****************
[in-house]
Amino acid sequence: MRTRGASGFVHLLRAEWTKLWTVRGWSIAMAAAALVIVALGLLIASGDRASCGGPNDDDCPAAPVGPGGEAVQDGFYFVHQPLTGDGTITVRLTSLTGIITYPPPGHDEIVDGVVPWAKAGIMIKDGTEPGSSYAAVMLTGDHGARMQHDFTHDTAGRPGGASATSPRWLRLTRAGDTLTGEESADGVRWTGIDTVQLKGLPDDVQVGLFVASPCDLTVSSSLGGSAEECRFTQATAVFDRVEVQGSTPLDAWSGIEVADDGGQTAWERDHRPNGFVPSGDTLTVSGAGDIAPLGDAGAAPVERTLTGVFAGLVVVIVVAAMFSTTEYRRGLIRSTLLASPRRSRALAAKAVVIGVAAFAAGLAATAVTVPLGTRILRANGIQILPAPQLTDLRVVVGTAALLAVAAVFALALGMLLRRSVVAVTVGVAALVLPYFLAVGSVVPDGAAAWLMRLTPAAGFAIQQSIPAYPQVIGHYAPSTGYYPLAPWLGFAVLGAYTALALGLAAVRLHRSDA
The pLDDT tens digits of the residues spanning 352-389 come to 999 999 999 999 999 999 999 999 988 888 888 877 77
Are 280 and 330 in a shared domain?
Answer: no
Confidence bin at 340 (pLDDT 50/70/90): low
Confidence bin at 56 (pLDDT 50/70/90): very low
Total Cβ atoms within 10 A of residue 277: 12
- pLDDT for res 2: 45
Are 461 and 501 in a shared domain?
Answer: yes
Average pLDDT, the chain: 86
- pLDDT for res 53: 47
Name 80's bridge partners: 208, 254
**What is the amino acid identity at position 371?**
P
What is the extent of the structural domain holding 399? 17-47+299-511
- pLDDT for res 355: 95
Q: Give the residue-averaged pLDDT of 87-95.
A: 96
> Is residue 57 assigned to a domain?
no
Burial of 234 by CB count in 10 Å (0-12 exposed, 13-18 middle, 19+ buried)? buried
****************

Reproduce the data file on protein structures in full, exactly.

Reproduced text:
[in-house]
Amino acid sequence: MRTRGASGFVHLLRAEWTKLWTVRGWSIAMAAAALVIVALGLLIASGDRASCGGPNDDDCPAAPVGPGGEAVQDGFYFVHQPLTGDGTITVRLTSLTGIITYPPPGHDEIVDGVVPWAKAGIMIKDGTEPGSSYAAVMLTGDHGARMQHDFTHDTAGRPGGASATSPRWLRLTRAGDTLTGEESADGVRWTGIDTVQLKGLPDDVQVGLFVASPCDLTVSSSLGGSAEECRFTQATAVFDRVEVQGSTPLDAWSGIEVADDGGQTAWERDHRPNGFVPSGDTLTVSGAGDIAPLGDAGAAPVERTLTGVFAGLVVVIVVAAMFSTTEYRRGLIRSTLLASPRRSRALAAKAVVIGVAAFAAGLAATAVTVPLGTRILRANGIQILPAPQLTDLRVVVGTAALLAVAAVFALALGMLLRRSVVAVTVGVAALVLPYFLAVGSVVPDGAAAWLMRLTPAAGFAIQQSIPAYPQVIGHYAPSTGYYPLAPWLGFAVLGAYTALALGLAAVRLHRSDA
The pLDDT tens digits of the residues spanning 352-389 come to 999 999 999 999 999 999 999 999 988 888 888 877 77
Are 280 and 330 in a shared domain?
Answer: no
Confidence bin at 340 (pLDDT 50/70/90): low
Confidence bin at 56 (pLDDT 50/70/90): very low
Total Cβ atoms within 10 A of residue 277: 12
- pLDDT for res 2: 45
Are 461 and 501 in a shared domain?
Answer: yes
Average pLDDT, the chain: 86
- pLDDT for res 53: 47
Name 80's bridge partners: 208, 254
**What is the amino acid identity at position 371?**
P
What is the extent of the structural domain holding 399? 17-47+299-511
- pLDDT for res 355: 95
Q: Give the residue-averaged pLDDT of 87-95.
A: 96
> Is residue 57 assigned to a domain?
no
Burial of 234 by CB count in 10 Å (0-12 exposed, 13-18 middle, 19+ buried)? buried